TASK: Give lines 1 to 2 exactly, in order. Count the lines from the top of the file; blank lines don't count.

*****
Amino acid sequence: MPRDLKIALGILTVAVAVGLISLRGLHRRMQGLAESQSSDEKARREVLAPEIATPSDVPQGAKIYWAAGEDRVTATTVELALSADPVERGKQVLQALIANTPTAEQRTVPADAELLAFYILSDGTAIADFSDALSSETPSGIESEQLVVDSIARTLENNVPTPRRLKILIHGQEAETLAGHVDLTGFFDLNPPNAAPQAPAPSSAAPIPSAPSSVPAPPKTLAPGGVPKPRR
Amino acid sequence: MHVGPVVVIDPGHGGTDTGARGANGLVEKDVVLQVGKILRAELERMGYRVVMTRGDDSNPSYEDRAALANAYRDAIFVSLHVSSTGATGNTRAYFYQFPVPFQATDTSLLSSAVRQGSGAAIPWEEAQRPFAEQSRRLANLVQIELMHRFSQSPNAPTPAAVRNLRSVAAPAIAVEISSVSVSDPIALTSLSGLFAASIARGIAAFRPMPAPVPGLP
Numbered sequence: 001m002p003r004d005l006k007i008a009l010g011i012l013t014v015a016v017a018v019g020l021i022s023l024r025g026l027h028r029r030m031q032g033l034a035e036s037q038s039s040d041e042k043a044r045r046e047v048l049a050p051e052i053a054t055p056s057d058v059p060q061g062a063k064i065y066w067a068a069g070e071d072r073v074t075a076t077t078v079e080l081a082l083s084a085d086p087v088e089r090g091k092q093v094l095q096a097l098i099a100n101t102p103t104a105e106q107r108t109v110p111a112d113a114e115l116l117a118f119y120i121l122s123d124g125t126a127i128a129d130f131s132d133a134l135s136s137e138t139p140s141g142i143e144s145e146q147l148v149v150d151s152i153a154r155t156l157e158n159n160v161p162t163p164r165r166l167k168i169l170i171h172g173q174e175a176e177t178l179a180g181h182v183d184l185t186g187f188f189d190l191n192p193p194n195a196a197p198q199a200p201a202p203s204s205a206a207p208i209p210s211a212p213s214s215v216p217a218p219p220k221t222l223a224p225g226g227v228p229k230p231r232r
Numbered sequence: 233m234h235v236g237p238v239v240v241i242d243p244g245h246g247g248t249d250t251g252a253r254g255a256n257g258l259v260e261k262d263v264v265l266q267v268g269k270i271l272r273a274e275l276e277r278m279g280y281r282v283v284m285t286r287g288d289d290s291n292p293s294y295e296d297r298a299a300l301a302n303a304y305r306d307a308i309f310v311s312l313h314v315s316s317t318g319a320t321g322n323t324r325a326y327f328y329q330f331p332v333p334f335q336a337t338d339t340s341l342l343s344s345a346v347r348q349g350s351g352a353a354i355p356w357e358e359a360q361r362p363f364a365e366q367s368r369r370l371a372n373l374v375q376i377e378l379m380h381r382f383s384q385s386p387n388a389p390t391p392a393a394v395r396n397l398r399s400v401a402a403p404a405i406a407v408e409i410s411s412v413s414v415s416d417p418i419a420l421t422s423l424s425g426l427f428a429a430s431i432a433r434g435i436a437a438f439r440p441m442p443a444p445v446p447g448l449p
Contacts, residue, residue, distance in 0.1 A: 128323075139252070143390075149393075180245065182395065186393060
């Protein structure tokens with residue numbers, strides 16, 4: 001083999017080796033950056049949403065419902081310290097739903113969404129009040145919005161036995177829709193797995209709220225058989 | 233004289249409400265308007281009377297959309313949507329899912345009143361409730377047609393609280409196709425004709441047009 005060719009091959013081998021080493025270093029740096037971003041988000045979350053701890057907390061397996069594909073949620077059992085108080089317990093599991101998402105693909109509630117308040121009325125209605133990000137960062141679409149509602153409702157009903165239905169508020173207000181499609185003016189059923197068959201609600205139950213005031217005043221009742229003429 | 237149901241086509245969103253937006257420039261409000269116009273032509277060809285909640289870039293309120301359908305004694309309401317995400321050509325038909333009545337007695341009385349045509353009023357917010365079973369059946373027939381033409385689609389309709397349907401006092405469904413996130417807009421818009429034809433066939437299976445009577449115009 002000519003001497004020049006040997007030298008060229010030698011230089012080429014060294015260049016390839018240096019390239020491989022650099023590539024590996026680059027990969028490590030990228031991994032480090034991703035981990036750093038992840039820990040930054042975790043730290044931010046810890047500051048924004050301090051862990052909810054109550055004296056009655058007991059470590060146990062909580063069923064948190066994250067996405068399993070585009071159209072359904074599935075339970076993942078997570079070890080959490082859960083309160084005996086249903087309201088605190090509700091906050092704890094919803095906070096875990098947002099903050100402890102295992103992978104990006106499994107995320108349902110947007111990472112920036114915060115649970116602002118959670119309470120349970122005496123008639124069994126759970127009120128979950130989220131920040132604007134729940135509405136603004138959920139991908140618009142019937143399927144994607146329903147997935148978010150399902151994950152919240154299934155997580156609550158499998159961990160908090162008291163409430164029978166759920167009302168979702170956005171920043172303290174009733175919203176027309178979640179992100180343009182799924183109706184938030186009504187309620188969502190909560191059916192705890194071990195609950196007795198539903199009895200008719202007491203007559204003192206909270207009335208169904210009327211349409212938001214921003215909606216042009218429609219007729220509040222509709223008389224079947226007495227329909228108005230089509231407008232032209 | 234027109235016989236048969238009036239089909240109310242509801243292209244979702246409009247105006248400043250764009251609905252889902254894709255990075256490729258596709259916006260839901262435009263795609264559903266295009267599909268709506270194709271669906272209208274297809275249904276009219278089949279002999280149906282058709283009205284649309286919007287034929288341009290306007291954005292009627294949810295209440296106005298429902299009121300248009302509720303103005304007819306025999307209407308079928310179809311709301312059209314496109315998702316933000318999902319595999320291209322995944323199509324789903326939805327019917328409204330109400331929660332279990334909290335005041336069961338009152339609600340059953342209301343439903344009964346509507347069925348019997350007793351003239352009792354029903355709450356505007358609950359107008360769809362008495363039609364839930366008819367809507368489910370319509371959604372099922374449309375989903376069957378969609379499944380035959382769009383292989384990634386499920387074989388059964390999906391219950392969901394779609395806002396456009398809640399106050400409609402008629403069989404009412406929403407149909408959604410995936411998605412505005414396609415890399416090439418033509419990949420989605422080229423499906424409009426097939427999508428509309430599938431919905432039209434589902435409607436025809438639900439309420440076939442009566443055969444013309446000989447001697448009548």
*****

Amino acid sequence: MPRDLKIALGILTVAVAVGLISLRGLHRRMQGLAESQSSDEKARREVLAPEIATPSDVPQGAKIYWAAGEDRVTATTVELALSADPVERGKQVLQALIANTPTAEQRTVPADAELLAFYILSDGTAIADFSDALSSETPSGIESEQLVVDSIARTLENNVPTPRRLKILIHGQEAETLAGHVDLTGFFDLNPPNAAPQAPAPSSAAPIPSAPSSVPAPPKTLAPGGVPKPRR
Amino acid sequence: MHVGPVVVIDPGHGGTDTGARGANGLVEKDVVLQVGKILRAELERMGYRVVMTRGDDSNPSYEDRAALANAYRDAIFVSLHVSSTGATGNTRAYFYQFPVPFQATDTSLLSSAVRQGSGAAIPWEEAQRPFAEQSRRLANLVQIELMHRFSQSPNAPTPAAVRNLRSVAAPAIAVEISSVSVSDPIALTSLSGLFAASIARGIAAFRPMPAPVPGLP